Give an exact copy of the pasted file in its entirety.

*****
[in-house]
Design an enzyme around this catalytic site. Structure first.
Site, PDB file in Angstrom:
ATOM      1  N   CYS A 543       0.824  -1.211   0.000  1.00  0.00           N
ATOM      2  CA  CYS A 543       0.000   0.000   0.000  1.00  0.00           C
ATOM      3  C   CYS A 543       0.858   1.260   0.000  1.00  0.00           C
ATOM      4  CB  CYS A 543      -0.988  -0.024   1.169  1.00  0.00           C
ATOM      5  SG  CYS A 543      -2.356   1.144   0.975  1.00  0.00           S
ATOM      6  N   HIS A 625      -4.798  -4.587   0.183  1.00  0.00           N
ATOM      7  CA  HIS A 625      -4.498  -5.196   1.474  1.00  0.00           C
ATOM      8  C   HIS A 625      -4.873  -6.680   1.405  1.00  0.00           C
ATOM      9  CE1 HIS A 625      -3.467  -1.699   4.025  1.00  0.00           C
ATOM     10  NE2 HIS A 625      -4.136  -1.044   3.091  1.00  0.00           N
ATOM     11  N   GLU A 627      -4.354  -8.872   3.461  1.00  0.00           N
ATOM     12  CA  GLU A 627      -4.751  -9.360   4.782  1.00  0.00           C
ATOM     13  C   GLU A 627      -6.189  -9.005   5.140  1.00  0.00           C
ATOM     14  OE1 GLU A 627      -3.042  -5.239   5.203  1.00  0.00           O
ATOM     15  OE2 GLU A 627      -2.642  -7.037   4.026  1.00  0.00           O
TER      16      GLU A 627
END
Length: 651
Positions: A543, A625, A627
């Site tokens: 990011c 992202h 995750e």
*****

[in-house]
Design an enzyme around this catalytic site. Structure first.
Site, PDB file in Angstrom:
ATOM      1  N   CYS A 543       0.824  -1.211   0.000  1.00  0.00           N
ATOM      2  CA  CYS A 543       0.000   0.000   0.000  1.00  0.00           C
ATOM      3  C   CYS A 543       0.858   1.260   0.000  1.00  0.00           C
ATOM      4  CB  CYS A 543      -0.988  -0.024   1.169  1.00  0.00           C
ATOM      5  SG  CYS A 543      -2.356   1.144   0.975  1.00  0.00           S
ATOM      6  N   HIS A 625      -4.798  -4.587   0.183  1.00  0.00           N
ATOM      7  CA  HIS A 625      -4.498  -5.196   1.474  1.00  0.00           C
ATOM      8  C   HIS A 625      -4.873  -6.680   1.405  1.00  0.00           C
ATOM      9  CE1 HIS A 625      -3.467  -1.699   4.025  1.00  0.00           C
ATOM     10  NE2 HIS A 625      -4.136  -1.044   3.091  1.00  0.00           N
ATOM     11  N   GLU A 627      -4.354  -8.872   3.461  1.00  0.00           N
ATOM     12  CA  GLU A 627      -4.751  -9.360   4.782  1.00  0.00           C
ATOM     13  C   GLU A 627      -6.189  -9.005   5.140  1.00  0.00           C
ATOM     14  OE1 GLU A 627      -3.042  -5.239   5.203  1.00  0.00           O
ATOM     15  OE2 GLU A 627      -2.642  -7.037   4.026  1.00  0.00           O
TER      16      GLU A 627
END
Length: 651
Positions: A543, A625, A627
């Site tokens: 990011c 992202h 995750e």